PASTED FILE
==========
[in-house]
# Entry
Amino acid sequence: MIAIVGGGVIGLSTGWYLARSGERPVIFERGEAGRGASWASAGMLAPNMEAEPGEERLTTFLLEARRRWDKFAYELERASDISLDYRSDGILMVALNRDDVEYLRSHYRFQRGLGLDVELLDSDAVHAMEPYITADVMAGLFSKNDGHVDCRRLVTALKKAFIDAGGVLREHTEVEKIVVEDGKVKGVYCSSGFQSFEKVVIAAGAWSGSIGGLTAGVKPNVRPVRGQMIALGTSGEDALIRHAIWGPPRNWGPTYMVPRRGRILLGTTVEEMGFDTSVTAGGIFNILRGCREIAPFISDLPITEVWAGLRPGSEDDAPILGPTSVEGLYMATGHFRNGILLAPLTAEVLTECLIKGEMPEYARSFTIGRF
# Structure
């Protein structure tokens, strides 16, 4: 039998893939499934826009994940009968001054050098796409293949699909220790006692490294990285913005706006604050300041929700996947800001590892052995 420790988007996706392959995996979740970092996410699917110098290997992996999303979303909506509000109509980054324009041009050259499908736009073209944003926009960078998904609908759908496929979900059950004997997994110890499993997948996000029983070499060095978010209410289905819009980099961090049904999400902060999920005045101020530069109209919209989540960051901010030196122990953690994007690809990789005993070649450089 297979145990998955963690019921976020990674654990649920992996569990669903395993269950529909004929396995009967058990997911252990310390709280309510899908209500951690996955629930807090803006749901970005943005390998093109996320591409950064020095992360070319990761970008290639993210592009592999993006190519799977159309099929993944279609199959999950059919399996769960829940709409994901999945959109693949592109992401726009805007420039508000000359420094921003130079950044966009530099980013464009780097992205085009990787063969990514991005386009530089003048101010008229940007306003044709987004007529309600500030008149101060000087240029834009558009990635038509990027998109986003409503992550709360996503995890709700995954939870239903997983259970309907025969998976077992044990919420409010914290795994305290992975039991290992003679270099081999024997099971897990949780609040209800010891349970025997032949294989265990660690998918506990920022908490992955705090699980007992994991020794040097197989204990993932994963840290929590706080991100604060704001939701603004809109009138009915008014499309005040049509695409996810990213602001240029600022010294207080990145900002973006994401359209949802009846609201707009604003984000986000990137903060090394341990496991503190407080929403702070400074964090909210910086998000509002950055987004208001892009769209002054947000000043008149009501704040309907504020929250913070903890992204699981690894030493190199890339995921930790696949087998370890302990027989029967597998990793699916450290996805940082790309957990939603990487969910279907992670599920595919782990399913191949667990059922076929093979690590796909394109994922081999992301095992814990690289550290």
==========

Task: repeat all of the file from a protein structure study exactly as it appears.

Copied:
[in-house]
# Entry
Amino acid sequence: MIAIVGGGVIGLSTGWYLARSGERPVIFERGEAGRGASWASAGMLAPNMEAEPGEERLTTFLLEARRRWDKFAYELERASDISLDYRSDGILMVALNRDDVEYLRSHYRFQRGLGLDVELLDSDAVHAMEPYITADVMAGLFSKNDGHVDCRRLVTALKKAFIDAGGVLREHTEVEKIVVEDGKVKGVYCSSGFQSFEKVVIAAGAWSGSIGGLTAGVKPNVRPVRGQMIALGTSGEDALIRHAIWGPPRNWGPTYMVPRRGRILLGTTVEEMGFDTSVTAGGIFNILRGCREIAPFISDLPITEVWAGLRPGSEDDAPILGPTSVEGLYMATGHFRNGILLAPLTAEVLTECLIKGEMPEYARSFTIGRF
# Structure
């Protein structure tokens, strides 16, 4: 039998893939499934826009994940009968001054050098796409293949699909220790006692490294990285913005706006604050300041929700996947800001590892052995 420790988007996706392959995996979740970092996410699917110098290997992996999303979303909506509000109509980054324009041009050259499908736009073209944003926009960078998904609908759908496929979900059950004997997994110890499993997948996000029983070499060095978010209410289905819009980099961090049904999400902060999920005045101020530069109209919209989540960051901010030196122990953690994007690809990789005993070649450089 297979145990998955963690019921976020990674654990649920992996569990669903395993269950529909004929396995009967058990997911252990310390709280309510899908209500951690996955629930807090803006749901970005943005390998093109996320591409950064020095992360070319990761970008290639993210592009592999993006190519799977159309099929993944279609199959999950059919399996769960829940709409994901999945959109693949592109992401726009805007420039508000000359420094921003130079950044966009530099980013464009780097992205085009990787063969990514991005386009530089003048101010008229940007306003044709987004007529309600500030008149101060000087240029834009558009990635038509990027998109986003409503992550709360996503995890709700995954939870239903997983259970309907025969998976077992044990919420409010914290795994305290992975039991290992003679270099081999024997099971897990949780609040209800010891349970025997032949294989265990660690998918506990920022908490992955705090699980007992994991020794040097197989204990993932994963840290929590706080991100604060704001939701603004809109009138009915008014499309005040049509695409996810990213602001240029600022010294207080990145900002973006994401359209949802009846609201707009604003984000986000990137903060090394341990496991503190407080929403702070400074964090909210910086998000509002950055987004208001892009769209002054947000000043008149009501704040309907504020929250913070903890992204699981690894030493190199890339995921930790696949087998370890302990027989029967597998990793699916450290996805940082790309957990939603990487969910279907992670599920595919782990399913191949667990059922076929093979690590796909394109994922081999992301095992814990690289550290």